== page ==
A New York Times Bestseller
Barcelona, 1945: A city slowly heals in the aftermath of the Spanish Civil War, and Daniel, an antiquarian book dealer’s son who mourns the loss of his mother, finds solace in a mysterious book entitled The Shadow of the Wind, by one Julián Carax. But when he sets out to find the author’s other works, he makes a shocking discovery: someone has been systematically destroying every copy of every book Carax has written. In fact, Daniel may have the last of Carax’s books in existence. Soon Daniel’s seemingly innocent quest opens a door into one of Barcelona’s darkest secrets--an epic story of murder, madness, and doomed love.
“ Anyone who enjoys novels that are scary, erotic, touching, tragic and thrilling should rush right out to the nearest bookstore and pick up The Shadow of the Wind. Really, you should.” --Michael Dirda, The Washington Post
"Wonderous... masterful... The Shadow of the Wind is ultimately a love letter to literature, intended for readers as passionate about storytelling as its young hero." --Entertainment Weekly (Editor's Choice)
"One gorgeous read." --Stephen King
From the Trade Paperback edition.
—Michael J. McGrath, Georgia Southern University
The story starts when the ancient Phoenicians set their sights on "The Land of the Rabbits," Spain's original name, which the Romans pronounced as Hispania. The Spanish language would pick up bits of Germanic culture, a lot of Arabic, and even some French on its way to taking modern form just as it was about to colonize a New World. Through characters like Queen Isabella, Christopher Columbus, Cervantes, and Goya, The Story of Spanish shows how Spain's Golden Age, the Mexican Miracle, and the Latin American Boom helped shape the destiny of the language. Other, more somber episodes, also contributed, like the Spanish Inquisition, the expulsion of Spain's Jews, the destruction of native cultures, the political instability in Latin America, and the dictatorship of Franco.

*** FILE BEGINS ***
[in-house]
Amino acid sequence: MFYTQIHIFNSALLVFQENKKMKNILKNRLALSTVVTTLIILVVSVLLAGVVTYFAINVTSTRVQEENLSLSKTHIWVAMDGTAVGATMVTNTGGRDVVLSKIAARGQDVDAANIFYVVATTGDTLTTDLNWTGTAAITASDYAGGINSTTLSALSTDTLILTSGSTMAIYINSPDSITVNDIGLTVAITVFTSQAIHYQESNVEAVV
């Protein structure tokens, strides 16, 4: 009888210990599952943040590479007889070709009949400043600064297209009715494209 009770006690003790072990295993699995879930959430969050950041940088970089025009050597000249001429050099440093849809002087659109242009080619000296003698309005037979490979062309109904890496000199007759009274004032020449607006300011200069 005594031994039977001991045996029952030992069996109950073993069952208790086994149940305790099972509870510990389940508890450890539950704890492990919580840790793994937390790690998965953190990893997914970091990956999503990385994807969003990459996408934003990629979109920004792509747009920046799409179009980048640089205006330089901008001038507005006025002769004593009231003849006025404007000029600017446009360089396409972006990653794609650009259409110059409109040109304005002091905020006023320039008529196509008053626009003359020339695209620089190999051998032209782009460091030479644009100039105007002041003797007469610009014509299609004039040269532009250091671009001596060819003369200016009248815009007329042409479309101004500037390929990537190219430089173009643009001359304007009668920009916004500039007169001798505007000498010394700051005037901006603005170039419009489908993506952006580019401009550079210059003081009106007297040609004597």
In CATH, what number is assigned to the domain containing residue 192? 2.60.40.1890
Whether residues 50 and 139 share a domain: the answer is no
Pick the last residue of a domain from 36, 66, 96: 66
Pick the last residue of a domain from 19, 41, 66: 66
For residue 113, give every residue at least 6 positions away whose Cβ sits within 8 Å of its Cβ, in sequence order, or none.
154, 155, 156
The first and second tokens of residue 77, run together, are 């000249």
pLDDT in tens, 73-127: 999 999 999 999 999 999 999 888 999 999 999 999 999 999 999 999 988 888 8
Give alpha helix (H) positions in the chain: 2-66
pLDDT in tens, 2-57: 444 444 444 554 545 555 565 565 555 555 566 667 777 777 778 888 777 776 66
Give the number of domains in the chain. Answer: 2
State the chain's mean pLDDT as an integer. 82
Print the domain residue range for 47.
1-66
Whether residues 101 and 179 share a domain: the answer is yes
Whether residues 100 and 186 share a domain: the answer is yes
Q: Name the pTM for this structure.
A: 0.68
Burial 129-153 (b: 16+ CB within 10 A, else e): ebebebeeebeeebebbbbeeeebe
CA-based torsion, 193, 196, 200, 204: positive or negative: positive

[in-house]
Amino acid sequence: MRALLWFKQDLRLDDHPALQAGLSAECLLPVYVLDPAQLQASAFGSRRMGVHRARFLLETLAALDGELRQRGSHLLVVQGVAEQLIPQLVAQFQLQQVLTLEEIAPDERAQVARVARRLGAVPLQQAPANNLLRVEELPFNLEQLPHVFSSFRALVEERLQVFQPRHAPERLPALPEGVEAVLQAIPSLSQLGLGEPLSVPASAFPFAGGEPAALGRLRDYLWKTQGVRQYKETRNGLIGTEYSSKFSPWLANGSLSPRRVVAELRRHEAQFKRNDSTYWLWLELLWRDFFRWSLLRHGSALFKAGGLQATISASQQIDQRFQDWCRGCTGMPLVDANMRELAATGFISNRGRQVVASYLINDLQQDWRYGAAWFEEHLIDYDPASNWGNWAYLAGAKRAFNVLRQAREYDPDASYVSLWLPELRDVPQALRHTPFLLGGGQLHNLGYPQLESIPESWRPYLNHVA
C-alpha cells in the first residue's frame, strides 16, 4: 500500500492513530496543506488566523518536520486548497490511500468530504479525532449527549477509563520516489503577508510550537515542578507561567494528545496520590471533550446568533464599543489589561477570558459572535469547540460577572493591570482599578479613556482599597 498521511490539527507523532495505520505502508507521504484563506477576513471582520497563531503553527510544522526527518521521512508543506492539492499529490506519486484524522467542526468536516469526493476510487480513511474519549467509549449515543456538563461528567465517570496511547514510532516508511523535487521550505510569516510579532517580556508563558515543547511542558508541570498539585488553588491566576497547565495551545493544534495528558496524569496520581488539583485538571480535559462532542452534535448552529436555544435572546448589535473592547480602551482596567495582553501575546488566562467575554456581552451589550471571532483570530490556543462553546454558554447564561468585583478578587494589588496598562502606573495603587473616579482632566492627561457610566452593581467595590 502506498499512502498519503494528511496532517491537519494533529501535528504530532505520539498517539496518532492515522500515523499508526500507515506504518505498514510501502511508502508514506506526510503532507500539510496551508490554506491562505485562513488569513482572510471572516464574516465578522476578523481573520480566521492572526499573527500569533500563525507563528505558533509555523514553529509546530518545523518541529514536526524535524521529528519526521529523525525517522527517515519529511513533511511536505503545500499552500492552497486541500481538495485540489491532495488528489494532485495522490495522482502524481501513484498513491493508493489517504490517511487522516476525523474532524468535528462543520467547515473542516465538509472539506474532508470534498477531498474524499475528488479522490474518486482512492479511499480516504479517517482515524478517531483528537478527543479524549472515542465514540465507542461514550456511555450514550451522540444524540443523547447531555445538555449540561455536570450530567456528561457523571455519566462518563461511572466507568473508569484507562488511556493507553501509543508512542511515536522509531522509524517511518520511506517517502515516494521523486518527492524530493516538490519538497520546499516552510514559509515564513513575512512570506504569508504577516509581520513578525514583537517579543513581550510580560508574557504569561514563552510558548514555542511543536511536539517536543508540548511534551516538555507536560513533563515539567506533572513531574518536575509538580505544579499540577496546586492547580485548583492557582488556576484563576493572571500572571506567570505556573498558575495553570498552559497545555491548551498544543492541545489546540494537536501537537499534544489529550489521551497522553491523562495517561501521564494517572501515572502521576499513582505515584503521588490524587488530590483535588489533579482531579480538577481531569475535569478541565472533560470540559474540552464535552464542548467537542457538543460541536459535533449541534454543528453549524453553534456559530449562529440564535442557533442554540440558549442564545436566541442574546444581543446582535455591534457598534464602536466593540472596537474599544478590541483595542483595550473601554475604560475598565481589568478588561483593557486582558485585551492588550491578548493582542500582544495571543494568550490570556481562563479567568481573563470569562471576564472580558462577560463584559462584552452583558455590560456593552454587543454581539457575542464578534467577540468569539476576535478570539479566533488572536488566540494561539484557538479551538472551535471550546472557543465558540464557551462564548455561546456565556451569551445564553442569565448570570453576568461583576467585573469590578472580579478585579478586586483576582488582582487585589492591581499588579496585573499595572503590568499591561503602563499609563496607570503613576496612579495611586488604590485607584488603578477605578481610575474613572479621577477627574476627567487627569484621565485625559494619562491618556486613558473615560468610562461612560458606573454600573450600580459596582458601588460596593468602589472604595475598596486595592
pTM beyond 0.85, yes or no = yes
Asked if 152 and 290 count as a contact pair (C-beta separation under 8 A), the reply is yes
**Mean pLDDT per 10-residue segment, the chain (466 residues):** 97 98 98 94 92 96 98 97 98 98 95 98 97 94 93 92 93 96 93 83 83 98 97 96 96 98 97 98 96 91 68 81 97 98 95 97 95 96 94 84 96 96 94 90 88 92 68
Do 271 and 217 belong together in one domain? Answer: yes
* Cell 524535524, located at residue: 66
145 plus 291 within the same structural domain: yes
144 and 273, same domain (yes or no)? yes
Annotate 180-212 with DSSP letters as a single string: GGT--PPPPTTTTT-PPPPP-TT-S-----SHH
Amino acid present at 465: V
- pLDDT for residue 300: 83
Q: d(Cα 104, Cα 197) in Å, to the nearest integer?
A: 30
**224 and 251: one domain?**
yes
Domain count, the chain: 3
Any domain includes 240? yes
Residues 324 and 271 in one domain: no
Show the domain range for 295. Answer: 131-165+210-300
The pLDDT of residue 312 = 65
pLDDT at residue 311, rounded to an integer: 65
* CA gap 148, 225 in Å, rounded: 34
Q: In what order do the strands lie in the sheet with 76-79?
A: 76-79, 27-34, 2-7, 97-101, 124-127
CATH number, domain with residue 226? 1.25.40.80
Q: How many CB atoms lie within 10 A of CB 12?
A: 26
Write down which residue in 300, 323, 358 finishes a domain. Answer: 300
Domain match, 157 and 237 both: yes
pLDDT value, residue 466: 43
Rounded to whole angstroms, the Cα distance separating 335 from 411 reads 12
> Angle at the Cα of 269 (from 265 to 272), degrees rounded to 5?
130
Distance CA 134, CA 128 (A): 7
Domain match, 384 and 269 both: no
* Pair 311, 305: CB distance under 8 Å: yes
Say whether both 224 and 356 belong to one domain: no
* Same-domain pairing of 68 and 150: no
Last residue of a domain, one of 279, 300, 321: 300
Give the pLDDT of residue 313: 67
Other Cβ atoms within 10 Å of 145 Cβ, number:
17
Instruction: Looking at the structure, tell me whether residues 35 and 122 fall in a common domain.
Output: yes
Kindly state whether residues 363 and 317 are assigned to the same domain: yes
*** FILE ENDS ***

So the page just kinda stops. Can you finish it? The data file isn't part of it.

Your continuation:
The Story of Spanish shows there is much more to Spanish than tacos, flamenco, and bullfighting. It explains how the United States developed its Hispanic personality from the time of the Spanish conquistadors to Latin American immigration and telenovelas. It also makes clear how fundamentally Spanish many American cultural artifacts and customs actually are, including the dollar sign, barbecues, ranching, and cowboy culture. The authors give us a passionate and intriguing chronicle of a vibrant language that thrived through conquests and setbacks to become the tongue of Pedro Almodóvar and Gabriel García Márquez, of tango and ballroom dancing, of millions of Americans and hundreds of millions of people throughout the world.
In their youth, Florentino Ariza and Fermina Daza fall passionately in love. When Fermina eventually chooses to marry a wealthy, well-born doctor, Florentino is devastated, but he is a romantic. As he rises in his business career he whiles away the years in 622 affairs--yet he reserves his heart for Fermina. Her husband dies at last, and Florentino purposefully attends the funeral. Fifty years, nine months, and four days after he first declared his love for Fermina, he will do so again.
A New York Times Notable Book
On the eve of his ninetieth birthday a bachelor decides to give himself a wild night of love with a virgin. As is his habit–he has purchased hundreds of women–he asks a madam for her assistance. The fourteen-year-old girl who is procured for him is enchanting, but exhausted as she is from caring for siblings and her job sewing buttons, she can do little but sleep. Yet with this sleeping beauty at his side, it is he who awakens to a romance he has never known.
Tender, knowing, and slyly comic, Memories of My Melancholy Whores is an exquisite addition to the master’s work.